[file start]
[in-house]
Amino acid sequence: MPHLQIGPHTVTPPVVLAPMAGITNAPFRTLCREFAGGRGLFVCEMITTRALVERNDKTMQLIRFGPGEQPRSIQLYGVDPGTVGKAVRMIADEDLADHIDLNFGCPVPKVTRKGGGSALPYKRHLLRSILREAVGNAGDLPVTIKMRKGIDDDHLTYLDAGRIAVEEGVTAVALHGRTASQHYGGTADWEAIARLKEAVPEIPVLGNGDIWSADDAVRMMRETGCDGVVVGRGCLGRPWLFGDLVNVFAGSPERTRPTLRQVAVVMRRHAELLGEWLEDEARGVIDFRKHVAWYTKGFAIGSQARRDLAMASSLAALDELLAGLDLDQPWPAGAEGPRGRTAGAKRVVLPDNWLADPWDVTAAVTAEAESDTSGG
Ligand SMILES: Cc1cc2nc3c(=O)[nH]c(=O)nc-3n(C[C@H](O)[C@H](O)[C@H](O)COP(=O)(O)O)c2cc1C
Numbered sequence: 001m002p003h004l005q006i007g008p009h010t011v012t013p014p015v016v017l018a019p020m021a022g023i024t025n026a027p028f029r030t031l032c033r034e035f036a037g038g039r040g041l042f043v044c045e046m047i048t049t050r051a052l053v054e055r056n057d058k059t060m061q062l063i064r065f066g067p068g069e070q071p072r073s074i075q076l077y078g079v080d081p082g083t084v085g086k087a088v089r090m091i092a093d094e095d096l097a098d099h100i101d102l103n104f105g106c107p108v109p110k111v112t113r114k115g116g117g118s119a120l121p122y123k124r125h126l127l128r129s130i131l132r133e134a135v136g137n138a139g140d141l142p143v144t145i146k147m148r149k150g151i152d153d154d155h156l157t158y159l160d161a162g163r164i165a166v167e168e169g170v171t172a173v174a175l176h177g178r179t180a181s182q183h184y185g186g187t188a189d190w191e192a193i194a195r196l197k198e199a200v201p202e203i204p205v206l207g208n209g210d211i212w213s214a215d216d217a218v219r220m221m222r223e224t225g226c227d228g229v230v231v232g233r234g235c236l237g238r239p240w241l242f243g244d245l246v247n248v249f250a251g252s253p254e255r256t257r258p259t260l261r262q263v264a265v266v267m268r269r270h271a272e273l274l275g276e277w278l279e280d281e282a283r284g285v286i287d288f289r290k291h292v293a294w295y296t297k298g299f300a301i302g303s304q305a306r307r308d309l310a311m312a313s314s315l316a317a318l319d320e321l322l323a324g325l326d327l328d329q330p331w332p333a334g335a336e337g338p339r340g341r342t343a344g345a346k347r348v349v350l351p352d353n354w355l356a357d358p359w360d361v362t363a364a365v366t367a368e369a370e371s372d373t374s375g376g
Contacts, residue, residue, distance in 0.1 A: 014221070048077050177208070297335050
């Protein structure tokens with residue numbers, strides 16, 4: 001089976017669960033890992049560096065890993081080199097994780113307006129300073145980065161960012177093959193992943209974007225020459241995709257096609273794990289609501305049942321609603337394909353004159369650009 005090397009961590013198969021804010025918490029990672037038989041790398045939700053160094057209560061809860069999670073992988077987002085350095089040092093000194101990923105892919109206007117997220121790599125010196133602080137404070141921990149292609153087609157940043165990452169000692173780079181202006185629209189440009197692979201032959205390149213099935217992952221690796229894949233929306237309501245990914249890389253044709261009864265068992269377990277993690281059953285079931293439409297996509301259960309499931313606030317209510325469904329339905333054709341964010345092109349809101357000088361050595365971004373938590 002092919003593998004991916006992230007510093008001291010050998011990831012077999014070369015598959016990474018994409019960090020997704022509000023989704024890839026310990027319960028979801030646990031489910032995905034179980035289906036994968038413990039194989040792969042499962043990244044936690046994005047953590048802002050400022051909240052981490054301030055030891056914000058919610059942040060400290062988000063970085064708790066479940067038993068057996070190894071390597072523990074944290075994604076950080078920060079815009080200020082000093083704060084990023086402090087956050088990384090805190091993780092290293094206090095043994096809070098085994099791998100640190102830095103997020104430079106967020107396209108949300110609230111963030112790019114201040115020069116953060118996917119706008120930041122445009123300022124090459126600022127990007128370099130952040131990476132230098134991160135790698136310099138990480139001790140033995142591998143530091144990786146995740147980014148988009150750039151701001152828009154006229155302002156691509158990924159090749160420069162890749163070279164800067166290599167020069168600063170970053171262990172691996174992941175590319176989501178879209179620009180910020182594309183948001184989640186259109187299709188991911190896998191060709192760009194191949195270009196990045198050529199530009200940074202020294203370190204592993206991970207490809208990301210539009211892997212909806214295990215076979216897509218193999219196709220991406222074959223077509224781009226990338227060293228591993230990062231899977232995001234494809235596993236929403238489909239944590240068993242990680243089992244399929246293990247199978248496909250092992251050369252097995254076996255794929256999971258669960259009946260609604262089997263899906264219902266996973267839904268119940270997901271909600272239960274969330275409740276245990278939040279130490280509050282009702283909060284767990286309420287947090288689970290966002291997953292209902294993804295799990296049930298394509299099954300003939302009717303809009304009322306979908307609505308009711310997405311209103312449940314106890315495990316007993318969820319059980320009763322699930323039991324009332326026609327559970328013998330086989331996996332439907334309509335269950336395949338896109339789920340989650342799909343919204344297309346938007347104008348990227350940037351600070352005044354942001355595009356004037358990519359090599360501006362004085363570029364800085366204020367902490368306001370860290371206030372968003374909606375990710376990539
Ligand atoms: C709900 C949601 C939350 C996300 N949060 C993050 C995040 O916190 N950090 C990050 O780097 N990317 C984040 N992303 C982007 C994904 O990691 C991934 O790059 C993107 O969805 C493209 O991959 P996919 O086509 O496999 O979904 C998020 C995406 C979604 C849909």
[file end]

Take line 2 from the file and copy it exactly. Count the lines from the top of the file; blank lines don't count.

Amino acid sequence: MPHLQIGPHTVTPPVVLAPMAGITNAPFRTLCREFAGGRGLFVCEMITTRALVERNDKTMQLIRFGPGEQPRSIQLYGVDPGTVGKAVRMIADEDLADHIDLNFGCPVPKVTRKGGGSALPYKRHLLRSILREAVGNAGDLPVTIKMRKGIDDDHLTYLDAGRIAVEEGVTAVALHGRTASQHYGGTADWEAIARLKEAVPEIPVLGNGDIWSADDAVRMMRETGCDGVVVGRGCLGRPWLFGDLVNVFAGSPERTRPTLRQVAVVMRRHAELLGEWLEDEARGVIDFRKHVAWYTKGFAIGSQARRDLAMASSLAALDELLAGLDLDQPWPAGAEGPRGRTAGAKRVVLPDNWLADPWDVTAAVTAEAESDTSGG